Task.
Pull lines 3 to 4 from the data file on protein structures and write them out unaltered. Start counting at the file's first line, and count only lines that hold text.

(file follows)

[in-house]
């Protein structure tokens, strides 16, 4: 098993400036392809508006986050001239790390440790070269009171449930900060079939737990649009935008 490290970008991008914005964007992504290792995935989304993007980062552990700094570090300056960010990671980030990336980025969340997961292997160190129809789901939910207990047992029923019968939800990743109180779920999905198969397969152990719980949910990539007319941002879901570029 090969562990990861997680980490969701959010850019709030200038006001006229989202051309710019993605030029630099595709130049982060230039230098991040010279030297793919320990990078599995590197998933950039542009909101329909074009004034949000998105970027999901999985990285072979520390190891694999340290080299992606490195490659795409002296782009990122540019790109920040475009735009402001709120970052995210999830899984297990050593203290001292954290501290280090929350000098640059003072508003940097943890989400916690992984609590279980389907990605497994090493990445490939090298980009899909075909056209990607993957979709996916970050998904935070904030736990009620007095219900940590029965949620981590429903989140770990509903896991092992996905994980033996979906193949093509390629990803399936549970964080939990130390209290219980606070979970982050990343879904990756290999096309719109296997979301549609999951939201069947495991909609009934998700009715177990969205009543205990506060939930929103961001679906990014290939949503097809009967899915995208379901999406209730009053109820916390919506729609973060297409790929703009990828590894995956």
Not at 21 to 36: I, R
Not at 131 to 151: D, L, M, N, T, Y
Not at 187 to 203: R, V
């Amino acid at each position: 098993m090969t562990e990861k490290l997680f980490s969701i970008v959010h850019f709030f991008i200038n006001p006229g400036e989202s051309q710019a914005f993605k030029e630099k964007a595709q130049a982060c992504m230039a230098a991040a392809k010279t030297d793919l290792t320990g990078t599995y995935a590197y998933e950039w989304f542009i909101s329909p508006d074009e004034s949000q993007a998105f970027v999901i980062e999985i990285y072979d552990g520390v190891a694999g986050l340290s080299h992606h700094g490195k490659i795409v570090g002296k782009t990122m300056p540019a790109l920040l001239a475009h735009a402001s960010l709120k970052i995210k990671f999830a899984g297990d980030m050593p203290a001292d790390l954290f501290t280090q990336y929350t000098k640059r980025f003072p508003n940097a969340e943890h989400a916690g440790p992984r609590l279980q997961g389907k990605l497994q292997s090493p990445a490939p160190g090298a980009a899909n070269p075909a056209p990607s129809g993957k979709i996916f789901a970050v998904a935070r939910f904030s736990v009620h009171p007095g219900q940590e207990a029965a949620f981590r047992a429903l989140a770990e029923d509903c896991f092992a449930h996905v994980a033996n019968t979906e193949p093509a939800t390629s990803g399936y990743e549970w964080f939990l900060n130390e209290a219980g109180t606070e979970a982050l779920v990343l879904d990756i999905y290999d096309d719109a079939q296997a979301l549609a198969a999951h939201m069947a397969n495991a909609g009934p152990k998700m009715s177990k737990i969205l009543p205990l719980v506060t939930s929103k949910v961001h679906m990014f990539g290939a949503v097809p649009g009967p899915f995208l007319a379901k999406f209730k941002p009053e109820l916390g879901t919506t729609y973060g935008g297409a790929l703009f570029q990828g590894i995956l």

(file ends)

Not at 21 to 36: I, R
Not at 131 to 151: D, L, M, N, T, Y